This is a post in my series on owning your birth. It is my strong belief that your birth experience profoundly impacts your early days with your new child. The way you feel while birthing your baby can inform how you feel about yourself as a person, mother, and partner. If you feel respected, strong, and supported during pregnancy, labor and delivery, you will improve your chances of beginning your mothering journey with confidence and hope. If you feel disrespected, controlled, or unheard during pregnancy, labor and delivery, you may enter your mothering journey with fear and sadness.
Birth is normal and breathtakingly beautiful. But it is also mysterious and unknown, sometimes overwhelming and scary. With any labor and delivery, you can have an experience that is woman- and mother-centered. Feeling respected and heard, and experiencing your own strength and power during birth, comes down to owning the experience, even in its uncertainty. And often still, things won’t go as you expected. If you are surprised, overwhelmed, or sad about your birth experience, you will be better able to confront it and work through it if you feel prepared, strong, and confident enough to reach out for support.
You cannot plan your birth. Birth will takes its own course and we do best when we can let birth happen. But birth can happen best when we are physically, mentally, emotionally, and spiritually at our best. In this series, I’ll share ideas about what you can do to own your birth experience.
Own your Birth: Part 3 of 24
Keep a pregnancy journal
Keeping a journal looks different for each person. For some, it will be reflective, investigative, and free-flowing. For others, it will be practical and used mostly for note-taking, keeping track of ideas, appointments, and priorities. Perhaps it might be a combination of both aspects for many people as well. Regardless of your own personal style, a pregnancy journal will give you a place to keep all of your thoughts, dreams, wishes, concrete details, and questions about your pregnancy, labor and delivery, and postpartum period in one place. I also think that the reflective part of journaling is so helpful. As you reread your entries and reflect on what you’ve written, you may see some common themes emerge. This information can help you determine where you focus your energy and what is most important to you. Below are three ideas to get you started with your first few entries.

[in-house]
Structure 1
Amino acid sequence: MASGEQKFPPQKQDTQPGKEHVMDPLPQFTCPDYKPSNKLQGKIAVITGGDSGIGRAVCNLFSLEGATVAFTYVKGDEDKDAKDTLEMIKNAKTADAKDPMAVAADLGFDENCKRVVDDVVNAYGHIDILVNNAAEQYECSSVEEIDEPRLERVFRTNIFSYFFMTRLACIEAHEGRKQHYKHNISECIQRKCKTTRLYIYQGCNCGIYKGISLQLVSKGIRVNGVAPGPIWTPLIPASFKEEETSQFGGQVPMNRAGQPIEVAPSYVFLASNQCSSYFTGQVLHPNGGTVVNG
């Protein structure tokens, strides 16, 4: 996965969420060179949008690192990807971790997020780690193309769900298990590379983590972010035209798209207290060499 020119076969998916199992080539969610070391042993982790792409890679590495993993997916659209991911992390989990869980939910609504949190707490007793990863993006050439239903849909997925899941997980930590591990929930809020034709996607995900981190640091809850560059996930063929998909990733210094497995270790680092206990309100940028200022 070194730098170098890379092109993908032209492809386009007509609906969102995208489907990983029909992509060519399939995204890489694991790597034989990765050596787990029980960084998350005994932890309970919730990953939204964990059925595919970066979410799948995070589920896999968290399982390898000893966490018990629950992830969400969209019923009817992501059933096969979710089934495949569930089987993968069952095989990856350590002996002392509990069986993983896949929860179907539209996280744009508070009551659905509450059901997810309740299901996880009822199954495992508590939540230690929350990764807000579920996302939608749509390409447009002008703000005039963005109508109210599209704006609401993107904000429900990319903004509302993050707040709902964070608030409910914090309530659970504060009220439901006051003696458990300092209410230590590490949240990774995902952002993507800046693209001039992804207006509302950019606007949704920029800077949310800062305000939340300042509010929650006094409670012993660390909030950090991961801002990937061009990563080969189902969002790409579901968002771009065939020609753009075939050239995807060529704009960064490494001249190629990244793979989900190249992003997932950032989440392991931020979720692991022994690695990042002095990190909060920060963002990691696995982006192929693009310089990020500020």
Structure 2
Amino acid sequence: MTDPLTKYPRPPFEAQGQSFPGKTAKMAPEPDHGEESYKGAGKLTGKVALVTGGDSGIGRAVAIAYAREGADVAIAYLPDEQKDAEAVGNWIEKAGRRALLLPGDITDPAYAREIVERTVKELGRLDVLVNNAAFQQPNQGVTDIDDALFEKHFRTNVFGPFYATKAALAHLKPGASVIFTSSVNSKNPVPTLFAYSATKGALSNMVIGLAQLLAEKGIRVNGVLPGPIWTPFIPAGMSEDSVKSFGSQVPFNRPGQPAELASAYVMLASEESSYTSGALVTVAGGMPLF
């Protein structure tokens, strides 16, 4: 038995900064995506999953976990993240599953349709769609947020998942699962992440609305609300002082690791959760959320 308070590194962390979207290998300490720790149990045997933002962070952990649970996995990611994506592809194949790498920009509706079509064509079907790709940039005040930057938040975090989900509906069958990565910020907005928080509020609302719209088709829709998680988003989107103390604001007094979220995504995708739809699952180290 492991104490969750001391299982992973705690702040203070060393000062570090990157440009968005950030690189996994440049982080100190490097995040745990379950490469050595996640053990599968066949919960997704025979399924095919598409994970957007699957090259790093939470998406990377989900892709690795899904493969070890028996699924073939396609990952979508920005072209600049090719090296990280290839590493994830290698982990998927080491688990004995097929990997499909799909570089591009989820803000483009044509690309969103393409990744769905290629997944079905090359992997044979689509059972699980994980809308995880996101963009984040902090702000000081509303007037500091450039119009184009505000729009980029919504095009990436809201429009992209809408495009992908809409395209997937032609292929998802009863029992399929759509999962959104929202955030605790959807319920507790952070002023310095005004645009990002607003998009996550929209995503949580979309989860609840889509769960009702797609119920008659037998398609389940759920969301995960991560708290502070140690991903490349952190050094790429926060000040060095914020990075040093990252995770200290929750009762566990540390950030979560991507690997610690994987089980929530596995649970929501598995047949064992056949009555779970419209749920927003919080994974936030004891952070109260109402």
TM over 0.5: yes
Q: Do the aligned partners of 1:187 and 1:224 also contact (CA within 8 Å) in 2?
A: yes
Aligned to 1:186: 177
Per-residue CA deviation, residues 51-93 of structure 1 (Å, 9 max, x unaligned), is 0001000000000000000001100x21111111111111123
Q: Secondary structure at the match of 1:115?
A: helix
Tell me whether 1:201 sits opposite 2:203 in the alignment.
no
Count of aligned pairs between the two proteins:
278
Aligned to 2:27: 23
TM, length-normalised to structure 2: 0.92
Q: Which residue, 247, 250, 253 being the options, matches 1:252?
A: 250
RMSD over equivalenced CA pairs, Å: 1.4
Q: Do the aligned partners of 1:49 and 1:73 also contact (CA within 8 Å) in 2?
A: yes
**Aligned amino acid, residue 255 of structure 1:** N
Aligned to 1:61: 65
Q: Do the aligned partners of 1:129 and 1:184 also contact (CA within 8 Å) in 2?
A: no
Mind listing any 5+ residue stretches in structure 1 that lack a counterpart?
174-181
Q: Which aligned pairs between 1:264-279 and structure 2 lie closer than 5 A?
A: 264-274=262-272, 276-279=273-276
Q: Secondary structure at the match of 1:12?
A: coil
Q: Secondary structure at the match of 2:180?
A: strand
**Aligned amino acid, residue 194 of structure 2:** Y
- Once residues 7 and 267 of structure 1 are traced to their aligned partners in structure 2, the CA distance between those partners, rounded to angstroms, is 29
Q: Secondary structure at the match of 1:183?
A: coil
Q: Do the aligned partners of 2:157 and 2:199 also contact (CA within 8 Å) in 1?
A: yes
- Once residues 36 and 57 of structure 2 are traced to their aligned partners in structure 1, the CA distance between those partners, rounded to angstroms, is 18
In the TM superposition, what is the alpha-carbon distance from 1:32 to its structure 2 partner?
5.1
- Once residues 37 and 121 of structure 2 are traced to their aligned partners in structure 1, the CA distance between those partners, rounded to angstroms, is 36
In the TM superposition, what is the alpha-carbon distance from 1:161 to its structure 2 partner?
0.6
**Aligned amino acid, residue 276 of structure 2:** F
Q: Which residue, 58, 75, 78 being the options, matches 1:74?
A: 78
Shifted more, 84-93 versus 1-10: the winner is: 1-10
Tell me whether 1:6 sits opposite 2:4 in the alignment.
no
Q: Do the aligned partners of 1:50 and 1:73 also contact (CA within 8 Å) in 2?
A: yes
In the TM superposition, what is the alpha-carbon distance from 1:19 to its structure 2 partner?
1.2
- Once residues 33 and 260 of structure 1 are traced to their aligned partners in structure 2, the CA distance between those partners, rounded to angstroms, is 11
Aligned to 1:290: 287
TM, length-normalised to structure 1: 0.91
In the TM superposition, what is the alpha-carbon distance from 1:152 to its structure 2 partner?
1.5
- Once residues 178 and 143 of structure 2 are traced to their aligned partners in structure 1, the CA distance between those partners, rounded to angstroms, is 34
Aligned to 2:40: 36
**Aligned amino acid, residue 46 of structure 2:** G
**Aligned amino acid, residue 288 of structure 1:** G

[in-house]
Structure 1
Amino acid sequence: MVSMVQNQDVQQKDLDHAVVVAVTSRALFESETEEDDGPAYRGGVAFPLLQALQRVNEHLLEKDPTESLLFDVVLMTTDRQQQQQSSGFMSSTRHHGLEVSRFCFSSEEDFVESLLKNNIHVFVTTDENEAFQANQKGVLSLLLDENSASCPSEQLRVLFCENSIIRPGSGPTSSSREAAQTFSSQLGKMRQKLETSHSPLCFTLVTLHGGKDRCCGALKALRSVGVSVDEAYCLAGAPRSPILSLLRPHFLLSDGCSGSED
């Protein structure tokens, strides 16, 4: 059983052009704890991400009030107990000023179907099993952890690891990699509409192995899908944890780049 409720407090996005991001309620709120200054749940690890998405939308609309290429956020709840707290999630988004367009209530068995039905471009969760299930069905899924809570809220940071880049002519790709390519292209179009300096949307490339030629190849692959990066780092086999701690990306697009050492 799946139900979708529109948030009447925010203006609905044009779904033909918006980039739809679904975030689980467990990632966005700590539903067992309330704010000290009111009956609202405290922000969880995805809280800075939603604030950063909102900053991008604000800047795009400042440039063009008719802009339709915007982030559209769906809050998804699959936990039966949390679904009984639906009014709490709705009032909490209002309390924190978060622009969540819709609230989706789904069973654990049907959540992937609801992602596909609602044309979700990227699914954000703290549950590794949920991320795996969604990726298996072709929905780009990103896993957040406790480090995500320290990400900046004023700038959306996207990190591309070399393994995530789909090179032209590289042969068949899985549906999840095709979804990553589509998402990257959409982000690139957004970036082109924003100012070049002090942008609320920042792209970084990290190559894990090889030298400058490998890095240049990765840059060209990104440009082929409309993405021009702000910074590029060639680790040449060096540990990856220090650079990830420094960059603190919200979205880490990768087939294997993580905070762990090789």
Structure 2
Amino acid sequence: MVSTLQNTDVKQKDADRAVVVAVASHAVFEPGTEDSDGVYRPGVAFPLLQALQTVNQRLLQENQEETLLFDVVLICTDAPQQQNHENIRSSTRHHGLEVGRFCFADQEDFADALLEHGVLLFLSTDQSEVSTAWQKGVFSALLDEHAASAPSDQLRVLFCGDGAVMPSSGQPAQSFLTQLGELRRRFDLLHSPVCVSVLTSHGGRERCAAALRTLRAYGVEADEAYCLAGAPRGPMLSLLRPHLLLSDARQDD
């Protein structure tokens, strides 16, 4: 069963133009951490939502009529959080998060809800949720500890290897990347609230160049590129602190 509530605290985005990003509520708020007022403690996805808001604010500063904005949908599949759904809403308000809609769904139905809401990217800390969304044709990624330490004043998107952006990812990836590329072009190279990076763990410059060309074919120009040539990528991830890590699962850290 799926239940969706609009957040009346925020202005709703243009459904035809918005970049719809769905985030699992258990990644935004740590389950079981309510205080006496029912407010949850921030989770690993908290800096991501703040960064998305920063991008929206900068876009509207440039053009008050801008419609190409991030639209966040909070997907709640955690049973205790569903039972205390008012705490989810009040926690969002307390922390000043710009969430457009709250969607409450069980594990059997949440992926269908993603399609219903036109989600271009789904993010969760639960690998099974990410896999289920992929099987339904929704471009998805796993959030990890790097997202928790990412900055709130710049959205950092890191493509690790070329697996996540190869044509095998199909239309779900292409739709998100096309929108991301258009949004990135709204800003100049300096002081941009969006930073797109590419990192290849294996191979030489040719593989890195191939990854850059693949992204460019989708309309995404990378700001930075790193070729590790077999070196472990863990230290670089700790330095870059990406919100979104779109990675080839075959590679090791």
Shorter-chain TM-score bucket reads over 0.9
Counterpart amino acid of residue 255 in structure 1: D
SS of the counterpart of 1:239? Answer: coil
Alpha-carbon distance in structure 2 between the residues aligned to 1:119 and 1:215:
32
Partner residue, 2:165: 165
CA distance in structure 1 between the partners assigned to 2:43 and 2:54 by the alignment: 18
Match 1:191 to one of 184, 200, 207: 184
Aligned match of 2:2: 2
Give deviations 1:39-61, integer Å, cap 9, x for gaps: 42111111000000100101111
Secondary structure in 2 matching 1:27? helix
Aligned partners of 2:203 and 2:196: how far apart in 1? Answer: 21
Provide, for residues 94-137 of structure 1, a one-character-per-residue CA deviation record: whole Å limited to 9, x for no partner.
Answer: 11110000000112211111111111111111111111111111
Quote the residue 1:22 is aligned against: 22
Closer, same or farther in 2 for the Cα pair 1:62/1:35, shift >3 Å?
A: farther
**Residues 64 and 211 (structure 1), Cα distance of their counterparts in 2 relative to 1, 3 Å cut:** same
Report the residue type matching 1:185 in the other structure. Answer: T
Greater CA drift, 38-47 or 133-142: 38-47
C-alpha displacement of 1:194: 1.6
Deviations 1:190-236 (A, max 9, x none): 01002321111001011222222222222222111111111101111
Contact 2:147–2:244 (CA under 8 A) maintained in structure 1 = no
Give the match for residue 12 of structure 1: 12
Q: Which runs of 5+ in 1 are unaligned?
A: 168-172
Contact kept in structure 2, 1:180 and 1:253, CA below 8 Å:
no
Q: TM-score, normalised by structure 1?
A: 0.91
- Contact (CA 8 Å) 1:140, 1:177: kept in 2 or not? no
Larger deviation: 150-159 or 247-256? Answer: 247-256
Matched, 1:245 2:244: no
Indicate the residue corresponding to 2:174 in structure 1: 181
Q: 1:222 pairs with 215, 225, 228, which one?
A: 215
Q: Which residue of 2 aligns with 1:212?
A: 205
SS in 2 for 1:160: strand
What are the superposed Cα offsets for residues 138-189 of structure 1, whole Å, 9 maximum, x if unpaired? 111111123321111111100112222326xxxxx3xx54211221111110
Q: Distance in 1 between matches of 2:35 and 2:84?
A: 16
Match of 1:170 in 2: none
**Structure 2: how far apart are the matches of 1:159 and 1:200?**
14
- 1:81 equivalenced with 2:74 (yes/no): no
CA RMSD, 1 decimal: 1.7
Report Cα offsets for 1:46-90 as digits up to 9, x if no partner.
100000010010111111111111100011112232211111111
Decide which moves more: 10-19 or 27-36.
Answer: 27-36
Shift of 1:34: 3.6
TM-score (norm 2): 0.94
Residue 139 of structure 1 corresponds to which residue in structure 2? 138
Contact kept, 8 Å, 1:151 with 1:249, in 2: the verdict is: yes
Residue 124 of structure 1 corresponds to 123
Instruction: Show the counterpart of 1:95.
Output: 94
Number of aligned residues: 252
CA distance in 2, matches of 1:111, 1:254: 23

As you start this journal, I encourage you to sit down and let yourself dream about your ideal birth experience. Write whatever comes to mind. Who is there? Where are you and what is your birthing environment like? What are you doing? What is your support team doing? What are you doing to manage the sensations? How do you feel physically, emotionally, and spiritually? Try not to doubt yourself or censor your thoughts. Even if you think some of your desires are unachievable or out of reach, give yourself permission to dream and acknowledge them. This will help guide you as you make decisions throughout your pregnancy, labor, and delivery.
As you think about your pregnancy, labor, and delivery, as well as parenthood, what are you most excited about? Capture the happiness on paper so you can look back on it years later! Also, your thoughts here might help guide some of your decision-making.
With the anticipation of giving birth and having a child, there will almost always be some fear. I think this especially rings true in a culture where mainstream depictions of birth involve somewhat scary and dramatic scenes of women giving birth. It’s completely natural and OK to have some fear related to this experience and this transition. Take some time to write down any fears you have. I will talk in a future post about the importance of acknowledging our fears and using them to empower our birth experiences. I’ll also give you some more ideas for journal entries in later posts.
I encourage you to use the journal in whatever way feels best for you! Personally, it was a great way to dream, reflect, and also keep track of logistical information during my pregnancies. It helped me organize my thoughts and keep question lists for my providers, my doula, and my partner. It also helped me work through some of my fears and emotions as I worked towards having a VBAC with my second child. Finally, it’s a great time to set aside for self-care, especially if you have other children. You can make it a nourishing ritual, including a nice cup of tea, some good chocolate, music you like, or anything else that feeds your soul.
If you have used a journal during pregnancy, I’d love to hear how it helped you!
Schedule a free doula consultation
Are you interested in birth and postpartum doula services on the seacoast of New Hampshire or southern Maine? I serve Dover, Durham, Somersworth, Newmarket, Portsmouth, Kittery, Eliot, and surrounding areas.